Does Appia Energy Corp’s (CNSX:API) CEO Salary Compare Well With Others?

Tom Drivas took the helm as Appia Energy Corp’s (CNSX:API) CEO and grew market cap to CA$9.42m recently. Understanding how CEOs are incentivised to run and grow their company is an important aspect of investing in a stock. This is because, if incentives are aligned, more value is created for shareholders which directly impacts your returns as an investor. Today we will assess Drivas’s pay and compare this to the company’s performance over the same period, as well as measure it against other Canadian CEOs leading companies of similar size and profitability. Check out our latest analysis for Appia Energy

What has been the trend in API’s earnings?

Performance can be measured based on factors such as earnings and total shareholder return (TSR). I believe earnings is a cleaner proxy, since many factors can impact share price, and therefore, TSR. In the past year, API produced negative earnings of -CA$966.35k . But this is an improvement on prior year’s loss of -CA$1.43m, which may signal a turnaround since API has been loss-making for the past five years, on average, with an EPS of -CA$0.016. As profits are moving up and up, CEO pay should represent Drivas’s hard work. During this period Drivas’s total compensation remained stable at CA$60.00k since the previous year.
CNSX:API Past Future Earnings July 5th 18
CNSX:API Past Future Earnings July 5th 18

Is API’s CEO overpaid relative to the market?

Though one size does not fit all, since compensation should account for specific factors of the company and market, we can determine a high-level benchmark to see if API is an outlier. This outcome can help direct shareholders to ask the right question about Drivas’s incentive alignment. Normally, a Canadian small-cap has a value of $345M, produces earnings of $24M, and remunerates its CEO circa $770,000 per year. Normally I’d use market cap and profit as factors determining performance, however, API’s negative earnings lower the usefulness of my formula. Given the range of pay for small-cap executives, it seems like Drivas is being paid within the bounds of reasonableness. On the whole, even though API is loss-making, it seems like the CEO’s pay is fair.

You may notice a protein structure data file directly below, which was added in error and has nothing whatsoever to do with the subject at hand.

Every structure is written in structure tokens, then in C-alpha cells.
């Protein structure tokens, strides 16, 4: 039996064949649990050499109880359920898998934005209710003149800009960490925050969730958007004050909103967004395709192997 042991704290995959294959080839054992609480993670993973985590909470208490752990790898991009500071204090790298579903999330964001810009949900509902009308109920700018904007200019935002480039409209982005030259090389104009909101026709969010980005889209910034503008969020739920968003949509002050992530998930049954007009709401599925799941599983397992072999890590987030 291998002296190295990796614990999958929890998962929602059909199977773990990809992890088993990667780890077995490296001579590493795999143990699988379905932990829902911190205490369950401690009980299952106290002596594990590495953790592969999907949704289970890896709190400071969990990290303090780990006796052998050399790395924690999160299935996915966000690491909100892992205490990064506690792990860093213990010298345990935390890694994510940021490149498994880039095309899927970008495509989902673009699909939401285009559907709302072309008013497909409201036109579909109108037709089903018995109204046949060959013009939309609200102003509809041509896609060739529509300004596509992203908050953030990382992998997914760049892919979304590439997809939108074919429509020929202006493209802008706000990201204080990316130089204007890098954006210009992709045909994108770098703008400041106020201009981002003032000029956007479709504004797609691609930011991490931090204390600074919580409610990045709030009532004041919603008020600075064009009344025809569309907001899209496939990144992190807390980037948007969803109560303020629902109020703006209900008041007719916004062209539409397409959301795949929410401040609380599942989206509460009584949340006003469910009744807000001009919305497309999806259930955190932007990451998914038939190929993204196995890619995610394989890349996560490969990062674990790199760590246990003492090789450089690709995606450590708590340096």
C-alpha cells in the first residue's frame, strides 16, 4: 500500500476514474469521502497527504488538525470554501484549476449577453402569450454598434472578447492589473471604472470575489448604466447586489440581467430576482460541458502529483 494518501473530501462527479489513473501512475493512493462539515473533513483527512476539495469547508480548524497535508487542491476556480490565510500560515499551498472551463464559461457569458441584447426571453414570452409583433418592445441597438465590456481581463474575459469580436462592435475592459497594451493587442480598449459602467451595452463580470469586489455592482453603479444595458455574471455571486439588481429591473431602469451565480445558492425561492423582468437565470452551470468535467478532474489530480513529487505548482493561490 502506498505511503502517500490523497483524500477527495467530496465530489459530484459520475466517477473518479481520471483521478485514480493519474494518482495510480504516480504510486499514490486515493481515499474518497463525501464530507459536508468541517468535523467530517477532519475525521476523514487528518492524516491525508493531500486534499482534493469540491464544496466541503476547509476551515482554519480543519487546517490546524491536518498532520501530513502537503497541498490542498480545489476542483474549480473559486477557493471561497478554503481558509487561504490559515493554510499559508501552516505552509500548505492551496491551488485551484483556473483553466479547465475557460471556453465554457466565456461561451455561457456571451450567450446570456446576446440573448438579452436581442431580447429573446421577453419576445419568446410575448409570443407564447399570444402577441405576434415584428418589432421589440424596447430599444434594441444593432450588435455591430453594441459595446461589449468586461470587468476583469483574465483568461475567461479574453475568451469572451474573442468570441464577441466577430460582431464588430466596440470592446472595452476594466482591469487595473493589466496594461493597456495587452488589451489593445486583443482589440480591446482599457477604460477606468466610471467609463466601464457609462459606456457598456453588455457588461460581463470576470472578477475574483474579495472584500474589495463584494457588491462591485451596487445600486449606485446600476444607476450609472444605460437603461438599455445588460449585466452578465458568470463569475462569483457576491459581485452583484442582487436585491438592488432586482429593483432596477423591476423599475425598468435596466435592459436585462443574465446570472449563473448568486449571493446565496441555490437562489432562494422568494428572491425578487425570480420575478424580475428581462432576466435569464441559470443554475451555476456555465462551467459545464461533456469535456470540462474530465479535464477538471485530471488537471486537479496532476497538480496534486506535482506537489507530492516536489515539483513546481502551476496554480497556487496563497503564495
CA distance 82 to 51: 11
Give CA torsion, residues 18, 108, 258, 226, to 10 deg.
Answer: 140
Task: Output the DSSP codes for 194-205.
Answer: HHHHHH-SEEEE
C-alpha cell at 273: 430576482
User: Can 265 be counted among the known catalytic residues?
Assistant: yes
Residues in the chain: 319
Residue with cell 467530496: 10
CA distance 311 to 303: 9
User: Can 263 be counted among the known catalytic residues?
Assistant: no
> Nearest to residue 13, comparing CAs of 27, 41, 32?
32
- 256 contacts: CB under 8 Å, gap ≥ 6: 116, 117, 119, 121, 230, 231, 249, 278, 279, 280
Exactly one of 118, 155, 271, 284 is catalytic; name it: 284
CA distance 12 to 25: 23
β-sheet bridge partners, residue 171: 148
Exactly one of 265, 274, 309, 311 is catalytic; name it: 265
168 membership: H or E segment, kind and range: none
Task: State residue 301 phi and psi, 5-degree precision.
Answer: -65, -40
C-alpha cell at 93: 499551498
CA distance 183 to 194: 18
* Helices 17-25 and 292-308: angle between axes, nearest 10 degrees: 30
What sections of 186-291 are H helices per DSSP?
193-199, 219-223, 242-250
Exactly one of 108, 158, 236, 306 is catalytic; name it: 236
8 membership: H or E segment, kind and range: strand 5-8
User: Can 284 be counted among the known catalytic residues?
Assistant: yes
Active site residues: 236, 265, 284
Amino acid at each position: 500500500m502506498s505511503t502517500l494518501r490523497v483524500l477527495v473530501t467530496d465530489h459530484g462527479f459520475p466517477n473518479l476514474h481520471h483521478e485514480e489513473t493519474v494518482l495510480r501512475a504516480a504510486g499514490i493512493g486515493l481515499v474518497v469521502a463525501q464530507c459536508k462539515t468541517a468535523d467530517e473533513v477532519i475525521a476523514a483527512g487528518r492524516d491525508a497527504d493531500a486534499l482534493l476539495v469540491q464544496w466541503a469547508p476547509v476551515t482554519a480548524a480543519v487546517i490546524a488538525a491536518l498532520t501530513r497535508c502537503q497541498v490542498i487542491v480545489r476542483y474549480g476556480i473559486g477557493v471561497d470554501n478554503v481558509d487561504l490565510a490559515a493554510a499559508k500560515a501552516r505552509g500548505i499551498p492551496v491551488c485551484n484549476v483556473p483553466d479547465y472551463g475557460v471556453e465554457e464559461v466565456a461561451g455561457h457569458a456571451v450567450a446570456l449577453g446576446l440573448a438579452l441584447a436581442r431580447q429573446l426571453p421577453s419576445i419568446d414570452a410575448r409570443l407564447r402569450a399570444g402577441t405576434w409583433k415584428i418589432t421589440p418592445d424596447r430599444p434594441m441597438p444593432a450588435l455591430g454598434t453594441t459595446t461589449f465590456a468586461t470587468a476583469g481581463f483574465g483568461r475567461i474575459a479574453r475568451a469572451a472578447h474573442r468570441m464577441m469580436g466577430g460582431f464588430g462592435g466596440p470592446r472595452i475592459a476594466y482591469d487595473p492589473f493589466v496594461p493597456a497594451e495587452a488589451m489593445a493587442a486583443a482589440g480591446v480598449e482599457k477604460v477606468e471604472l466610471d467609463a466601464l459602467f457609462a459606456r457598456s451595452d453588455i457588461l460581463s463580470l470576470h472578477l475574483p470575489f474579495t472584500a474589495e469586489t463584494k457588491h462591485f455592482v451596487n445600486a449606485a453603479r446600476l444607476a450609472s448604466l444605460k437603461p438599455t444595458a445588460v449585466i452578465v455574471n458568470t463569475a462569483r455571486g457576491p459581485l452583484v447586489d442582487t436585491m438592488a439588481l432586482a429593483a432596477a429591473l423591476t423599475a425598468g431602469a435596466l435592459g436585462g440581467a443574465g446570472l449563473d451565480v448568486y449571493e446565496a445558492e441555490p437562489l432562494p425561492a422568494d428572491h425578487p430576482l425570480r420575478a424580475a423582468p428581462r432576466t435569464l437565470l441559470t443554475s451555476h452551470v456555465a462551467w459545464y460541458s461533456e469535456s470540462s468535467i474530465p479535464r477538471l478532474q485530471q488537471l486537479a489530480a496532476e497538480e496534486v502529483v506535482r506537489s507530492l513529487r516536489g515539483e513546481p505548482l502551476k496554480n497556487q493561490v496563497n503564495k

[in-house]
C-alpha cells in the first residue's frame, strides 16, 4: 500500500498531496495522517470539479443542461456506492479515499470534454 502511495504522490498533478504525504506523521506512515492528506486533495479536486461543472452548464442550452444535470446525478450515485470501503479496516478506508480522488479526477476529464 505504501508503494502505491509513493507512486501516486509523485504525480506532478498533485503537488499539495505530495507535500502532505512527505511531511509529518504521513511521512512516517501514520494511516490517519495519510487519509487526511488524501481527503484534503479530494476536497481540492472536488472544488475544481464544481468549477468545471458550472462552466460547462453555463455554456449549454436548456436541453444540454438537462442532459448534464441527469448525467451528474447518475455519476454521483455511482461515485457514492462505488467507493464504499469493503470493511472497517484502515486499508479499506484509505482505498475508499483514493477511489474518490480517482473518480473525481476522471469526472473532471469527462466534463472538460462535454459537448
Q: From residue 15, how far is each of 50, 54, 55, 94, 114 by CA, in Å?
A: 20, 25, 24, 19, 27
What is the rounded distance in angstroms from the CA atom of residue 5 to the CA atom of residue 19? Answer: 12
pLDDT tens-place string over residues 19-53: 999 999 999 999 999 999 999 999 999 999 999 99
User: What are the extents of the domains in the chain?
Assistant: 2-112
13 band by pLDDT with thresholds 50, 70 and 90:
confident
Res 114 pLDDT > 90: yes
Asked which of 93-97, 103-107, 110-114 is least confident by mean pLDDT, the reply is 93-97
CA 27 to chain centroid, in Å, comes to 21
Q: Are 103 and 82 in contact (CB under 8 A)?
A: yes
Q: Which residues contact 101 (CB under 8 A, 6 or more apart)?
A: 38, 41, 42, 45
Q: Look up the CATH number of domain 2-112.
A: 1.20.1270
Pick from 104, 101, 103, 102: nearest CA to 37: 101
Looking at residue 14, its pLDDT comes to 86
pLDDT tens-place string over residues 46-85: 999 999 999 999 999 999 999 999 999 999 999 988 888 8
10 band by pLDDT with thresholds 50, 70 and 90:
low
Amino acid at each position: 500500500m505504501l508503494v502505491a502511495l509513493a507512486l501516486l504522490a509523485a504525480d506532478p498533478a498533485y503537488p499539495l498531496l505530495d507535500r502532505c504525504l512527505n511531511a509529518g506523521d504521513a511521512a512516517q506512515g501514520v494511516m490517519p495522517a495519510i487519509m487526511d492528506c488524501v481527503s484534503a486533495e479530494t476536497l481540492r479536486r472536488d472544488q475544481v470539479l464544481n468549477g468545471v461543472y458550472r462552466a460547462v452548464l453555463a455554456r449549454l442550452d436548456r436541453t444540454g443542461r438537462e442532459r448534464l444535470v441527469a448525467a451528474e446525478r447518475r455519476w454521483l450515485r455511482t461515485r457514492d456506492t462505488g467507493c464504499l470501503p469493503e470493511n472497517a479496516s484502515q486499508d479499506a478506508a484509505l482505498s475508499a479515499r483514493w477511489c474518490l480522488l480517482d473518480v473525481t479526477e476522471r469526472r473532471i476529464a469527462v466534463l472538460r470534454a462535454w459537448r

Next Steps:

My conclusion is that Drivas is not being overpaid. But your role as a shareholder should not end here. As above, this is a relatively simplistic calculation using high-level benchmarket. Proactive shareholders should question their representatives (i.e. the board of directors) how they think about the CEO’s incentive alignment with shareholders and how they balance this with retention and reward. If you have not done so already, I urge you to complete your research by taking a look at the following:

  1. Governance: To find out more about API’s governance, look through our infographic report of the company’s board and management.
  2. Financial Health: Does it have a healthy balance sheet? Take a look at our free balance sheet analysis with six simple checks on key factors like leverage and risk.
  3. Other High-Growth Alternatives: Are there other high-growth stocks you could be holding instead of API? Explore our interactive list of stocks with large growth potential to get an idea of what else is out there you may be missing!